Sympathy vs. Empathy

From Elaina: I ran into a friend the other day at the store. She was telling me that a coworker of hers, with very young kids, was diagnosed Stage 3 with an aggressive type of breast cancer. My friend was doing everything she could to help her coworker both at work and at home. My friend was letting all of this affect her work and home life. Finally, my friend had to stop herself and remember that she, personally, was not facing this illness.

I have done this so many times in my life. Even as a child, I would viscerally feel whatever drama my friends had. I absolutely do this with my kids. We have a deal where they need to tell me when they’re okay so I know I can be okay as well. I’ve always been a bit too empathetic.

So, what’s the difference between empathy and sympathy? In my eyes, empathy is feeling what another person is feeling. Feeling it to the level that it is hard to distinguish if the emotion is actually happening to you. Sympathy is honoring the other person’s emotion without actually feeling it yourself. Empathy has you sharing the problem. It is putting yourself into the situation with the other person. Sometimes, it can take away from the other person. You are not allowing them to solve their own problem. You are, in some ways, diminishing what they are feeling when you take it on yourself. We feel the need to step in and fix the issue because we are in pain, too. Sympathy allows us to be in the present moment with our friends and family. Be there when they need to share, but also walk away and have our own life. It shows trust that the other person is capable of handling their life. It allows us to hold the space for our friends.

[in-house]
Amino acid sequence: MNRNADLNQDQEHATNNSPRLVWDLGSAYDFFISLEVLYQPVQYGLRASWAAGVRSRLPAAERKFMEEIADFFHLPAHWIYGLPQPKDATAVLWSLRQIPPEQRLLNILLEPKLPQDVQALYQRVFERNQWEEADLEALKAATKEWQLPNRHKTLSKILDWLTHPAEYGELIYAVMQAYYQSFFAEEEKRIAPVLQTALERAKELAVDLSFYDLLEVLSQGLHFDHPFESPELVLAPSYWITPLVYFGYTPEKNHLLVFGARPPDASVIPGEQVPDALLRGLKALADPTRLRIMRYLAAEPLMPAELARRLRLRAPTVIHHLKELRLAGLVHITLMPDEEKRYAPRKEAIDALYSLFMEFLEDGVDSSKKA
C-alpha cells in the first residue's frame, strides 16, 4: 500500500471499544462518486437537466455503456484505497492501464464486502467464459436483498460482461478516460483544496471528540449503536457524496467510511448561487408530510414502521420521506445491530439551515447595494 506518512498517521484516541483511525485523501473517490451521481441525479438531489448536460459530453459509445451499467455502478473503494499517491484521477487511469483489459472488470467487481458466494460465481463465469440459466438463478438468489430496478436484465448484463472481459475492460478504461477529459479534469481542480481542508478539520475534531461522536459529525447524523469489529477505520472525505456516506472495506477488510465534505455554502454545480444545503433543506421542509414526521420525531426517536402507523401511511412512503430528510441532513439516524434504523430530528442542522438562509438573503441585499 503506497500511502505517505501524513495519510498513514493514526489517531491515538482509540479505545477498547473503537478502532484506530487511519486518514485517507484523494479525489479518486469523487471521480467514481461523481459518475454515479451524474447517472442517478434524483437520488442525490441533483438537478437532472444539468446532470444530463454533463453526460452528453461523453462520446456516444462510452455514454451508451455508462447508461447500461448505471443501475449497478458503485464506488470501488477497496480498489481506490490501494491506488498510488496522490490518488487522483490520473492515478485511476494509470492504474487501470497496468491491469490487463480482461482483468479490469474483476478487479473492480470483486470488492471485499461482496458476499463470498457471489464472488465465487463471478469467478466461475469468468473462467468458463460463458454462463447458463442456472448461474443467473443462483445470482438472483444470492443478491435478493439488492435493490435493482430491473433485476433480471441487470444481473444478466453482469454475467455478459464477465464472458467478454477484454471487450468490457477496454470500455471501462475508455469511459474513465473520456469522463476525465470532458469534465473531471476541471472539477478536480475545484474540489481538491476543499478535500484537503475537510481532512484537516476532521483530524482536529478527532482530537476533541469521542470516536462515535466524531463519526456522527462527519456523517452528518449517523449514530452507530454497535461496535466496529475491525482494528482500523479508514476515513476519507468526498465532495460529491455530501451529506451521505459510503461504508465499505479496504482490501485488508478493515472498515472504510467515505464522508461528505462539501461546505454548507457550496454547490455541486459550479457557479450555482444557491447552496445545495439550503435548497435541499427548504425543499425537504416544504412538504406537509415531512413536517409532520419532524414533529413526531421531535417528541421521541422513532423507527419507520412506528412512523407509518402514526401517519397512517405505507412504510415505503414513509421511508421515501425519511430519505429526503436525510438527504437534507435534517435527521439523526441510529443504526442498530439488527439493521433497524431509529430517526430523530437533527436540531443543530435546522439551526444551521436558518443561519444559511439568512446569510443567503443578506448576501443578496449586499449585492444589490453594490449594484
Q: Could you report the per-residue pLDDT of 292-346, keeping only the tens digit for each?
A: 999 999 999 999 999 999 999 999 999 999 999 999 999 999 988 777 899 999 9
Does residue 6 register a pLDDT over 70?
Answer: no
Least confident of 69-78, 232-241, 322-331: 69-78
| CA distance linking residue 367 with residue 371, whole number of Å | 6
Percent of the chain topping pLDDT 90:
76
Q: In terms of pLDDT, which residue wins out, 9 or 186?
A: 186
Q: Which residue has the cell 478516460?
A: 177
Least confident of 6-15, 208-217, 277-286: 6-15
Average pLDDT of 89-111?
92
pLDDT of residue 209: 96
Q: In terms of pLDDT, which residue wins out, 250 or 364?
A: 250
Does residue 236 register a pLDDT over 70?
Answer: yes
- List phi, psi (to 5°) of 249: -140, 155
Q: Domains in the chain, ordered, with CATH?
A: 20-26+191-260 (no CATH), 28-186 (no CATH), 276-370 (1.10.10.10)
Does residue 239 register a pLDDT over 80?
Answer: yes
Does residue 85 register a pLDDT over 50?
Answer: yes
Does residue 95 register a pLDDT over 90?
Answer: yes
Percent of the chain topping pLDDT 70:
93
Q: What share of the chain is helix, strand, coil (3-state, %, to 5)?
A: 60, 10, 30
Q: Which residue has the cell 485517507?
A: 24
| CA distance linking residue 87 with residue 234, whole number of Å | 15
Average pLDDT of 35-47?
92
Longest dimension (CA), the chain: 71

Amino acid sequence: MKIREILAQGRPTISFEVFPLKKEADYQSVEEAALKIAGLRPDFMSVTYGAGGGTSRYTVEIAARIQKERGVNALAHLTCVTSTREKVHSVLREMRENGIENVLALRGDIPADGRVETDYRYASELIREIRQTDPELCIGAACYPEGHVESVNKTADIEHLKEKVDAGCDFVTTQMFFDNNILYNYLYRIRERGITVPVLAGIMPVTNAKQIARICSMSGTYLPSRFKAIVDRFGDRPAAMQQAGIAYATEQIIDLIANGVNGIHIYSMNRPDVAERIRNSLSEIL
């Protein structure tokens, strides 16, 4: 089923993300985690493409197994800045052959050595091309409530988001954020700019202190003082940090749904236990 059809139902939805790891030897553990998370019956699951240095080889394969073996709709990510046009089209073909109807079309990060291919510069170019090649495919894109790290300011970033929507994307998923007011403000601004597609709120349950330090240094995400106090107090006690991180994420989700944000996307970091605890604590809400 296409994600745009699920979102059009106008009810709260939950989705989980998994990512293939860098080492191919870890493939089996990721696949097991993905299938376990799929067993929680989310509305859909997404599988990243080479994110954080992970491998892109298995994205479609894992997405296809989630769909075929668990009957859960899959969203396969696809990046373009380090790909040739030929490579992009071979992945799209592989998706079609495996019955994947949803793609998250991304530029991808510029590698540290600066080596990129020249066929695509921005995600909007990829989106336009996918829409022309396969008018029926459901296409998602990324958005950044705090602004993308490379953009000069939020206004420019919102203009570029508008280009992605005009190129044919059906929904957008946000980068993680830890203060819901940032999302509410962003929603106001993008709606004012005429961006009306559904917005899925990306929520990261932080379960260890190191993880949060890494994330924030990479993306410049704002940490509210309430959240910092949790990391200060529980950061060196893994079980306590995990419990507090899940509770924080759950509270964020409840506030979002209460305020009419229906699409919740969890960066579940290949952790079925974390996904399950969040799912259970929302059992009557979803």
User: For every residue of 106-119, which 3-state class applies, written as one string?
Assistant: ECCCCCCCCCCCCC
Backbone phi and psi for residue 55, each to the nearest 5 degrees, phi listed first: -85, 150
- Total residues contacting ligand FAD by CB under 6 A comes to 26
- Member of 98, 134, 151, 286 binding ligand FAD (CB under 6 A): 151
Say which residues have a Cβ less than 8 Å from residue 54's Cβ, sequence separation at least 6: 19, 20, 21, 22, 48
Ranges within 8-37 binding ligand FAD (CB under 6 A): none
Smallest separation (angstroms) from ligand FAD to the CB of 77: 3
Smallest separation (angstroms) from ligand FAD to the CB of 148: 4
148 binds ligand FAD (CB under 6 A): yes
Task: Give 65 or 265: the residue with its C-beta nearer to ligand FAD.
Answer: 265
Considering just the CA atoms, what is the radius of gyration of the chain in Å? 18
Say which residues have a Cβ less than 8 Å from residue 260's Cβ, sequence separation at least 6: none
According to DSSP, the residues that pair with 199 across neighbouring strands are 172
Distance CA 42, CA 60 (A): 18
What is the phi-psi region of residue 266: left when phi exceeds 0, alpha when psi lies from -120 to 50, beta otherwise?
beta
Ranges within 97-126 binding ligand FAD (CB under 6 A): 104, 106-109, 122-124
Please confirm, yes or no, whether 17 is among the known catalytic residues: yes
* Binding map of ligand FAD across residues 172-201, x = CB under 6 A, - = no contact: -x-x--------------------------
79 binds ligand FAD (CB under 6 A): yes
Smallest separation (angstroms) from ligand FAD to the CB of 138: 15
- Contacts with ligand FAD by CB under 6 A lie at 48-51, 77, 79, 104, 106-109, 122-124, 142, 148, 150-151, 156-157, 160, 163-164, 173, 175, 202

On getmorehappy, Lisa and I talk a lot about the need to take care of ourselves. We talk about filling our own bucket so that we have enough to give to others. Hopefully, I can take my own advice and be more sympathetic. To live my life with grace and trust that others can decide to do the same.


2 thoughts on “Sympathy vs. Empathy

  1. Very good distinctions! Too much empathy can keep us from being there for the other person because we become too emotional. Almost as if the nurse gets sick WITH you instead of caring FOR you.

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